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Water elements in your food forest

Louis De Jaeger

2 jul. 2024

How to integrate water into your food forest?

Based on your analysis of humid and dry zones and the relief of the terrain, you determine whether earthworks need to be carried out to improve water management. First you determine where (swimming) ponds or pools will be located. Slightly sloping bank zones on the south side ensure that animals (and people ☺) can warm themselves well in the sun.

How do you keep your (swimming) pond clean?

To keep the water clear in a natural system, you do not use chemical products such as chlorine for swimming pools, but plants that filter the water. The bacteria that live near the plant roots eat all the impure particles and feed them to the plant. Choose hydrophytes (water plants) that live underwater and helophytes that live in moist areas that are prone to flooding. A nice extra is that many aquatic plants are edible and therefore fit perfectly in the food forest.

Watch out for invasive plants

One important note when using edible aquatic plants is that some plants can behave very invasively. For example, they can escape from your food forest via waterways and pose a danger to native species in nature reserves. So be critical and alert as a food forager.

Which aquatic plants are edible?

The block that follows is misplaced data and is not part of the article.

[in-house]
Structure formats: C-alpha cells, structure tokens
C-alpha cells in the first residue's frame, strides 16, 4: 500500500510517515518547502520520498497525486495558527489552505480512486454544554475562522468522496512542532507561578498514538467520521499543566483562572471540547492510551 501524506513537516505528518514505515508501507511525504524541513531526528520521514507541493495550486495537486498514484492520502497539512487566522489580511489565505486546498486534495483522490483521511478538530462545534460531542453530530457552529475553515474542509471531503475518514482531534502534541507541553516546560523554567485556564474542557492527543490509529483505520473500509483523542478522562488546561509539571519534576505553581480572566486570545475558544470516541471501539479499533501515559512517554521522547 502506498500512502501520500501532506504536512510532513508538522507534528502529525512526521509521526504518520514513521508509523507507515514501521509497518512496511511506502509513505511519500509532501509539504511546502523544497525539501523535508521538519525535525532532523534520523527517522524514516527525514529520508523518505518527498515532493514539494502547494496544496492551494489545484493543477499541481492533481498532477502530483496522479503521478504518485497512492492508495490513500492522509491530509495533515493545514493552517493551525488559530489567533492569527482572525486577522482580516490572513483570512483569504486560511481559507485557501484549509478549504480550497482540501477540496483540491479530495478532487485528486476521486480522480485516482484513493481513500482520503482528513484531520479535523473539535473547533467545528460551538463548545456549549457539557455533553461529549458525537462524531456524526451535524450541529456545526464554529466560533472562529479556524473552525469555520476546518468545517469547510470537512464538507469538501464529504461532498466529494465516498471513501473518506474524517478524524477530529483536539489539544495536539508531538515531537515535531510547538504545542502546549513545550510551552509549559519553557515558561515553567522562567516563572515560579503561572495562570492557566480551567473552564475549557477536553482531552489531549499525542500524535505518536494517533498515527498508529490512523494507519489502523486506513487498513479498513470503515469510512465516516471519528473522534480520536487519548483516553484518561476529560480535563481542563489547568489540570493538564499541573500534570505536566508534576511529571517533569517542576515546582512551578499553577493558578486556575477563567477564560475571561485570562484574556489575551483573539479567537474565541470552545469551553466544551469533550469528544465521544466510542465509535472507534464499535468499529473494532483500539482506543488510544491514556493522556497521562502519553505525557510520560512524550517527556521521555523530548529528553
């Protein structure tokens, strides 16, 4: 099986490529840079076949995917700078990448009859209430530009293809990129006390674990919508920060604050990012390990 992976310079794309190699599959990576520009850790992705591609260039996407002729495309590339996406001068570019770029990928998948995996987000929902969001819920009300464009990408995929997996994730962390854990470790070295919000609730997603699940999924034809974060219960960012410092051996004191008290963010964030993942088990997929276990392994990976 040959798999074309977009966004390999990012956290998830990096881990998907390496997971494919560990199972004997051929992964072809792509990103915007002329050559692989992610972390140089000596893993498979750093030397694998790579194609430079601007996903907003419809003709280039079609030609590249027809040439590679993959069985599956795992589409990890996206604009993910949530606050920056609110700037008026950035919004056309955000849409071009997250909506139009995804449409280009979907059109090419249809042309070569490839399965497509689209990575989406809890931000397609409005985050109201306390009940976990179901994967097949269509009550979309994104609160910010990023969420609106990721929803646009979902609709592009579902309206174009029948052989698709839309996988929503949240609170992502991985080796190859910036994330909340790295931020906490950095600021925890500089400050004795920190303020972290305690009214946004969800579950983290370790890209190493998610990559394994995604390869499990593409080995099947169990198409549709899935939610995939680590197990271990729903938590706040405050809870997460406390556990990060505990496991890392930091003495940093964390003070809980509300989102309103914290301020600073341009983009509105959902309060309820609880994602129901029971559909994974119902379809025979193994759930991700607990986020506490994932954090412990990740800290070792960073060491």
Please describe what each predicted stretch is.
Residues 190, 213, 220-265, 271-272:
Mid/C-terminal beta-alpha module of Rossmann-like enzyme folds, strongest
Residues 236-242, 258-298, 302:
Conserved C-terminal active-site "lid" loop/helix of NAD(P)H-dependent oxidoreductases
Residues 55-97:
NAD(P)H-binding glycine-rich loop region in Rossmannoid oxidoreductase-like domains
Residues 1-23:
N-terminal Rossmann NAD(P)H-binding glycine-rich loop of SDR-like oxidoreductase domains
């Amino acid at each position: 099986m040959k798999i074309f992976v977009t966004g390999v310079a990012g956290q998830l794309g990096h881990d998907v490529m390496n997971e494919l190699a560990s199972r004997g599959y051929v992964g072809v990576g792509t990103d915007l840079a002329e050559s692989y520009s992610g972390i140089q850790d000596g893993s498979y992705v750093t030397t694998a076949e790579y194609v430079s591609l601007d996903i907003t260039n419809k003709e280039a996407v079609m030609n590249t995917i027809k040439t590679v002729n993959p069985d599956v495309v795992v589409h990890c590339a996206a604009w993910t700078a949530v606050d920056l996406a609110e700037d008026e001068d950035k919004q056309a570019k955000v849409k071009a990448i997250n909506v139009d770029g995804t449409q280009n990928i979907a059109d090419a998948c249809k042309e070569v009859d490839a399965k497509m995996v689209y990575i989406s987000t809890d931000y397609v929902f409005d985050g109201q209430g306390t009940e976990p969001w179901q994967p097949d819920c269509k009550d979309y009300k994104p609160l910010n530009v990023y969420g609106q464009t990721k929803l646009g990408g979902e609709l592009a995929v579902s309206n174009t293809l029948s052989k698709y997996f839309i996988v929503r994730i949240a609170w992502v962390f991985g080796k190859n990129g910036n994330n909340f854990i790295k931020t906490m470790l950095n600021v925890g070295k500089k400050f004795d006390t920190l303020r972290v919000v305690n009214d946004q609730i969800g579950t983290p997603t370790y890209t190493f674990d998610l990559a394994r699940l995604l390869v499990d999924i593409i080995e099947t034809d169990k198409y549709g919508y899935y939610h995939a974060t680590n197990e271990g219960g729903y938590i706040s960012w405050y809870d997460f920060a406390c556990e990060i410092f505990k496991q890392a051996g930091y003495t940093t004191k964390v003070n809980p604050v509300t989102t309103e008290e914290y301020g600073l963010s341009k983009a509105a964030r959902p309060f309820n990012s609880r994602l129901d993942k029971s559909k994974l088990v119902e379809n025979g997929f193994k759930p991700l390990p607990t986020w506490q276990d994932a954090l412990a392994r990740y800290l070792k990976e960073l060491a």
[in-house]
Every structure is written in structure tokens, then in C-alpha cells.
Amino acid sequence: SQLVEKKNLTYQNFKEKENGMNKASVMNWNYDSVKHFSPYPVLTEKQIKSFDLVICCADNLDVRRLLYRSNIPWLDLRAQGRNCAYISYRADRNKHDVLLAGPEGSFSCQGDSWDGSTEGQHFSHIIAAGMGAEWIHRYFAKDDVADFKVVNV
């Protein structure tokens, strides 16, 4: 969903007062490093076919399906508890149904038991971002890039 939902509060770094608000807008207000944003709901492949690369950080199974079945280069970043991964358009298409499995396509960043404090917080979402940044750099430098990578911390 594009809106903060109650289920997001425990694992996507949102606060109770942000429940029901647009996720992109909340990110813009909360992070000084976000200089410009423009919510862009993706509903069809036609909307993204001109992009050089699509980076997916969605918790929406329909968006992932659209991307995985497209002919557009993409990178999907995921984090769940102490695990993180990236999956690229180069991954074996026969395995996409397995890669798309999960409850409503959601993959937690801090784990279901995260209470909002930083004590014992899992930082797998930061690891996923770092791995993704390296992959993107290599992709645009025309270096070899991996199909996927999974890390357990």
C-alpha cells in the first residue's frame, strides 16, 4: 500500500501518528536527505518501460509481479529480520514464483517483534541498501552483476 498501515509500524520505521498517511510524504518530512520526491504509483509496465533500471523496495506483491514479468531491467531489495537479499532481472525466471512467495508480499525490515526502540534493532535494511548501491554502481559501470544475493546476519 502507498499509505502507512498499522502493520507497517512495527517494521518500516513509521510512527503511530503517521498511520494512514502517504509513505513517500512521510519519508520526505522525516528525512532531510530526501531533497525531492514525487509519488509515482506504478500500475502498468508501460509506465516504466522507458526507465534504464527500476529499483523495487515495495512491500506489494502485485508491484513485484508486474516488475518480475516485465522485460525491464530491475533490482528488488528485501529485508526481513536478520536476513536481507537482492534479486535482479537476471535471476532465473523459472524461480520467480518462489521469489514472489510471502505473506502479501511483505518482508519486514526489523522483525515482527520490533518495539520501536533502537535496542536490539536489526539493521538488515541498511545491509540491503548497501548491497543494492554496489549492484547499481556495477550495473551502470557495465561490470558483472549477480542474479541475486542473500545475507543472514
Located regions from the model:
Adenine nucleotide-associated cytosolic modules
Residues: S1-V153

• Water mint ( Mentha aquatica )

  • Water lily ( Nymphaea alba )

  • Cattail ( Typha latifolia )

  • Cinquefoil ( Comarum palustre )

  • Swan flower ( Butomus umbellatus )

  • Calamus: ( Acorus calamus )

  • Japanese hollowpipe ( Equisetum japonicum )

  • Water pepper ( Persicaria hydropiper )

Eutrophication and landslide

When planning water features in your food forest, make sure that you do not plant deciduous trees on the side of the dominant wind direction, otherwise most of the leaves will blow into the water. If this is the case, the water is always enriched with nutrients. This phenomenon is called eutrophication. The richer the water becomes, the lower the species diversity will be. Organisms eat the leaves and use a lot of oxygen, causing the oxygen content in the water to become too low. The result is that pond animals and plants can die. Eventually, the organic matter will build up and the water will become cloudy. Bank vegetation retains organic material, causing the pool to silt up and therefore become silted up. If you do not maintain your pool or pond, it will turn back into a swamp or land over time. This is a great example of natural succession, but it may not be your desired result.

Would you like to learn more about food forest design? Then read 'Design your own food forest' by Commensalist founder Louis De Jaeger or book a no-obligation phone call with one of our Commensalists.

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